Fed inspired jitters pulled the market down last week, ending the market’s 7-week long positive run. But investors appeared to regain their composure by the week’s end and will be looking for further clarity this week from Bernanke’s testimony in the Senate (on Tuesday) and the House (on Wednesday). We don’t have much on the economic calendar today, but a number of key economic reports this week will shed light on the health of the consumer and factory sectors.
The budget sequester getting underway on Friday will also be of interest, though the market doesn’t seem to be too concerned about the spending cuts. The $85 billion in spending cuts as a result of the sequester will no doubt have a modest impact on GDP growth this year, but the issue may actually be more political than economic. The market’s lack of ‘sequester concern’ is telling us that it may actually be viewing the spending restraint favorably. We will be watching for any fresh developments on the sequester front, but the likely course at this stage seems to be that the spending cuts will take effect on Friday.
Bernanke’s testimony is about the economic outlook, but we can easily envision partisan-tinged leading questions from members about the advisability of the sequester. The market’s focus will be on the Fed chief’s comments and discussion of the ongoing quantitative easing program. Last week’s minutes of the Fed’s January meeting showed a healthy debate within the FOMC about the appropriateness of current policy, making investors concerned that the central bank may change the program earlier than currently expected. I don’t think any changes are imminent at this stage, but given the Fed’s centrality to market’s recent momentum, the concern nevertheless served as a notable speed bump for the market.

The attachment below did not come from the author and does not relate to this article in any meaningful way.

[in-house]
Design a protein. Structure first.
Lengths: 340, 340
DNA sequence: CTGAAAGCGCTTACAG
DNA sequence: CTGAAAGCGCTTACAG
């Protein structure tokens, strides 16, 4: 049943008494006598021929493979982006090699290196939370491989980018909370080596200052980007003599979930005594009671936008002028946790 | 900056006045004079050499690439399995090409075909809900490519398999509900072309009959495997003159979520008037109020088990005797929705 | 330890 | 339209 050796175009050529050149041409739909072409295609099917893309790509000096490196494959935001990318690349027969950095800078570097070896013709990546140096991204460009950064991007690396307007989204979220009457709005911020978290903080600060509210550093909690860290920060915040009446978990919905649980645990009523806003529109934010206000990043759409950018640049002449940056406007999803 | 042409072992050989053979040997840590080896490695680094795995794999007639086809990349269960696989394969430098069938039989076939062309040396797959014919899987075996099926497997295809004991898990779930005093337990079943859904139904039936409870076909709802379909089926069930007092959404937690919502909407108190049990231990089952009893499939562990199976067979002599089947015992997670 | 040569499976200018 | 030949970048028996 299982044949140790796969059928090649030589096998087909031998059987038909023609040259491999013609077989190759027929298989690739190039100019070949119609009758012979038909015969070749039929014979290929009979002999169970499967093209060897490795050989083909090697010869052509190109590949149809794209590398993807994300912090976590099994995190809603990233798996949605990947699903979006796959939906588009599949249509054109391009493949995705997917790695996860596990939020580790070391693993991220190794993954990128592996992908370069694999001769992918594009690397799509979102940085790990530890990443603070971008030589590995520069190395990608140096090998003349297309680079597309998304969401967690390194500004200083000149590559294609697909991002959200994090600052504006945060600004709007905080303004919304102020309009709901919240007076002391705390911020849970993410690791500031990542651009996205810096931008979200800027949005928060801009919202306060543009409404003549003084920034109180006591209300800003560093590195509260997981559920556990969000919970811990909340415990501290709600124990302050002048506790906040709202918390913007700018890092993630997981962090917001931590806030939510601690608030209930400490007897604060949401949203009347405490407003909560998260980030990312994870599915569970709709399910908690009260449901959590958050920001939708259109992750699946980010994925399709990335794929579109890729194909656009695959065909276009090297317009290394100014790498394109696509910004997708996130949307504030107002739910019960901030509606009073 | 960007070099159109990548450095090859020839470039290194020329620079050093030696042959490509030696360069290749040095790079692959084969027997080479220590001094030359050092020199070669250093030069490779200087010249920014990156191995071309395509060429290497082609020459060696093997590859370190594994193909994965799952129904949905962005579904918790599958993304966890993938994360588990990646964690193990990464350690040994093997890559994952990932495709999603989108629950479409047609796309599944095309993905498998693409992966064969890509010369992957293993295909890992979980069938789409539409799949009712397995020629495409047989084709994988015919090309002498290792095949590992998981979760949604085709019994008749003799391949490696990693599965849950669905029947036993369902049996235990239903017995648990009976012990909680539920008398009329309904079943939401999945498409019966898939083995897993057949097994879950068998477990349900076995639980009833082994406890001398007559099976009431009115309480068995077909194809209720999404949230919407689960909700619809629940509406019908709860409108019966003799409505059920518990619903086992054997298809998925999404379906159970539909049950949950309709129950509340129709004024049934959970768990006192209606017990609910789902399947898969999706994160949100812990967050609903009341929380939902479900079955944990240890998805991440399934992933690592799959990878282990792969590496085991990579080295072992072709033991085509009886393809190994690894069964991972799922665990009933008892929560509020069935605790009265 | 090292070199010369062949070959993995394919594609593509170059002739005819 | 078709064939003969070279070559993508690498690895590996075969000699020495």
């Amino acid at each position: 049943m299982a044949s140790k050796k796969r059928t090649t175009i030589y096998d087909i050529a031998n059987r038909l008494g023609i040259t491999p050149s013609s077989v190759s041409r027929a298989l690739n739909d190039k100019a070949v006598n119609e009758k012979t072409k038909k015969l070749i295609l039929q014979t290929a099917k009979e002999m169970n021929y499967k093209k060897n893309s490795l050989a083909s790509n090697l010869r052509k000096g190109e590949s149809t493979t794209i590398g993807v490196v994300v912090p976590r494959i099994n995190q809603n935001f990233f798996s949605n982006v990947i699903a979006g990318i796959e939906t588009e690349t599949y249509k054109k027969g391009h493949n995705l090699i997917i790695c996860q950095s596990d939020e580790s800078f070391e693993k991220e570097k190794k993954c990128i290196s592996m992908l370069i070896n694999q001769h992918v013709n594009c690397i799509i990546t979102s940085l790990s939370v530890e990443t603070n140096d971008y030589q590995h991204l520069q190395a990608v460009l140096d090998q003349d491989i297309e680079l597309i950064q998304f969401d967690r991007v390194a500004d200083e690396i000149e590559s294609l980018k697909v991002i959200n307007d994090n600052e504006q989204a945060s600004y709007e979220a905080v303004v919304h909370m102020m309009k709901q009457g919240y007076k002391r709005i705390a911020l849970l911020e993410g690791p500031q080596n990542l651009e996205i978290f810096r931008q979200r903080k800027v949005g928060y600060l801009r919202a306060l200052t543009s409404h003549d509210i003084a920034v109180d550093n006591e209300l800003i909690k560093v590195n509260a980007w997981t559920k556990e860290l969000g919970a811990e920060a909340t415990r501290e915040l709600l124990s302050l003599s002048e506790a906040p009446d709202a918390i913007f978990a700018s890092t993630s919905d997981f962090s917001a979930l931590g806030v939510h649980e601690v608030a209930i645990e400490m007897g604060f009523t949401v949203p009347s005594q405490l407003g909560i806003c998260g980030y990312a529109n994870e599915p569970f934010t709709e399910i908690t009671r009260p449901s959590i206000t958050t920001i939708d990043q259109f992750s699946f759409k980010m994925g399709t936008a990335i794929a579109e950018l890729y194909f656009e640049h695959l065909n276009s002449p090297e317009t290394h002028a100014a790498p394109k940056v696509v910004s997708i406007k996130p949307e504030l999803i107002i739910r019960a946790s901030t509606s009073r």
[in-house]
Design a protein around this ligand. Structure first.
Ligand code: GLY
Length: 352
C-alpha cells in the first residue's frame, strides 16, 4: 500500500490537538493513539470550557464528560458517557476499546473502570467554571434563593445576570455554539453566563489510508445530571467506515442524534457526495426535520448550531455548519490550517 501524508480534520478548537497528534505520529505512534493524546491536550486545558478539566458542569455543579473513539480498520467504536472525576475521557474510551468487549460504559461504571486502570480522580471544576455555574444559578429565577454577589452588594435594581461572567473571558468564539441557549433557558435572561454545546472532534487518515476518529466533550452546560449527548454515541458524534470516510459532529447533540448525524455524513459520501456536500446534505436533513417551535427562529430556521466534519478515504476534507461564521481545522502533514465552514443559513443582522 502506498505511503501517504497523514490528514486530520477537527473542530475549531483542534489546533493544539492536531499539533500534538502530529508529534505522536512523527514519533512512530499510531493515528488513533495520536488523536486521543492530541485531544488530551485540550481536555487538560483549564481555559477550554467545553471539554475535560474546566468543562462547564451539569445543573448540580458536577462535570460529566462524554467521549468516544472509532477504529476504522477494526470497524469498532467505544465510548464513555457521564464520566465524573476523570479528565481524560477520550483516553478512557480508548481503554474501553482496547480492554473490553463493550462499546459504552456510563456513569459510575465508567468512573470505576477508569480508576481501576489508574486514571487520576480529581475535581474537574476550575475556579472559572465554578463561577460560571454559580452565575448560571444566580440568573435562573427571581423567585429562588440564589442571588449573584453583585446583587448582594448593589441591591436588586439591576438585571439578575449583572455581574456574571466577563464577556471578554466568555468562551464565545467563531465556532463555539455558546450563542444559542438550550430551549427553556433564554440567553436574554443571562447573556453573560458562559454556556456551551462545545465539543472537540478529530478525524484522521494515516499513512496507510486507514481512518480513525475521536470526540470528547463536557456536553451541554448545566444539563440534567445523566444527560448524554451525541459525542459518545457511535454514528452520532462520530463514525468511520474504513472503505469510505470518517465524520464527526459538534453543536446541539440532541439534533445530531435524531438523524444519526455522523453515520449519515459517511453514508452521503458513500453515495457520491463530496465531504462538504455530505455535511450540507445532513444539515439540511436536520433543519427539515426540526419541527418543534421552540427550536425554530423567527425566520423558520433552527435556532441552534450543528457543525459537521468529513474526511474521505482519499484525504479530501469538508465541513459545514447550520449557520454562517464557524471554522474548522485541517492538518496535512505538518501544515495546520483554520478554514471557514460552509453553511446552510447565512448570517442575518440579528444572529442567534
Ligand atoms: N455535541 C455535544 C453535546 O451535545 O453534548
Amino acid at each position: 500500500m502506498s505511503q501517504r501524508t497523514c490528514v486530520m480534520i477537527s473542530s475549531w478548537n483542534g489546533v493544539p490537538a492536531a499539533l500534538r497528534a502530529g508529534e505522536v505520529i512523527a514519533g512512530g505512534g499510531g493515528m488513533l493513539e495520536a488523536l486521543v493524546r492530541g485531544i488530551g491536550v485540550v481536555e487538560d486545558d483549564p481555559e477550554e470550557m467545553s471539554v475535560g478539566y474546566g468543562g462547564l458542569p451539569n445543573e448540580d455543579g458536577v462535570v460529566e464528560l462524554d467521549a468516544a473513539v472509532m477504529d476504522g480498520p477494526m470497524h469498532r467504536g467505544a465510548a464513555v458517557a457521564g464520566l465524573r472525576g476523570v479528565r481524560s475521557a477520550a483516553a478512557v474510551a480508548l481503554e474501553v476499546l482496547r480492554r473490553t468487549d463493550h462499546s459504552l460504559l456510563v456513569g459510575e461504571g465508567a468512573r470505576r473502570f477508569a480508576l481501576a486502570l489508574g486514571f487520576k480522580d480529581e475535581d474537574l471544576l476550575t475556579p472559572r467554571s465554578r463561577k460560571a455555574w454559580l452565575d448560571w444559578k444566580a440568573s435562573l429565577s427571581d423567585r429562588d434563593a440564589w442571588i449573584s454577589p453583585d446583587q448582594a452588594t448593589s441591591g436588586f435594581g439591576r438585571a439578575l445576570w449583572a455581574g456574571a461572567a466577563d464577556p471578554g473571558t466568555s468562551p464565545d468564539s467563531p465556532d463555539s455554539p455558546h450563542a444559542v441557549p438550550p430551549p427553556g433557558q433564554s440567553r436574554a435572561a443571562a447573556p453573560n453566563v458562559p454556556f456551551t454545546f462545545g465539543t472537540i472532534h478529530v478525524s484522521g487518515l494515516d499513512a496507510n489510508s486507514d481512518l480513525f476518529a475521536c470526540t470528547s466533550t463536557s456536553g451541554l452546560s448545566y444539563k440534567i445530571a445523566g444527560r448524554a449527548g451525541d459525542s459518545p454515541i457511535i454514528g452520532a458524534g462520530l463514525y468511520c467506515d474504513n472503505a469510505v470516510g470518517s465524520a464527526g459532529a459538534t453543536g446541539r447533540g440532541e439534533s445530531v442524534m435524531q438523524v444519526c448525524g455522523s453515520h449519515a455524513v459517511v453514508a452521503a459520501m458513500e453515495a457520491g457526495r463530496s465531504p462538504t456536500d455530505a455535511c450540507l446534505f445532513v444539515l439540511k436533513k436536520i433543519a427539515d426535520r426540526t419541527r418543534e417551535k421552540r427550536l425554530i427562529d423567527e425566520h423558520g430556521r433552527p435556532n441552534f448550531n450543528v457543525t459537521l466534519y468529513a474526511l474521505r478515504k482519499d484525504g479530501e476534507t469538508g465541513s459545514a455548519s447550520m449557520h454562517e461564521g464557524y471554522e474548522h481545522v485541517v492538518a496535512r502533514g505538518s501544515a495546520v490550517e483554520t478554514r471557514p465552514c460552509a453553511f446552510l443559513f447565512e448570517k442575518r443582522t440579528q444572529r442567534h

This week’s data will give us a better handle on the impact of payroll tax changes on consumer spending. In addition to the January Personal Income & Outlays reading coming out on Friday, we will get the February Consumer Confidence level on Tuesday. We also have a host of major retailers like Target (TGT), J.C. Penney (JCP), Kohl’s (KSS), and Dollar Tree (DLTR) reporting fourth quarter earnings reports this week, whose forward looking commentary on the state of the consumer will provide further confirmation of the impact of higher gasoline prices, delayed IRS refunds and of course the payroll tax hikes that were at play in the Wal-Mart (WMT) earnings report last week. While Friday’s Personal Income data is expected to show a decline to reflect these headwinds, but it will be interesting to see to what extent consumers are dipping into their savings to offset the income hit.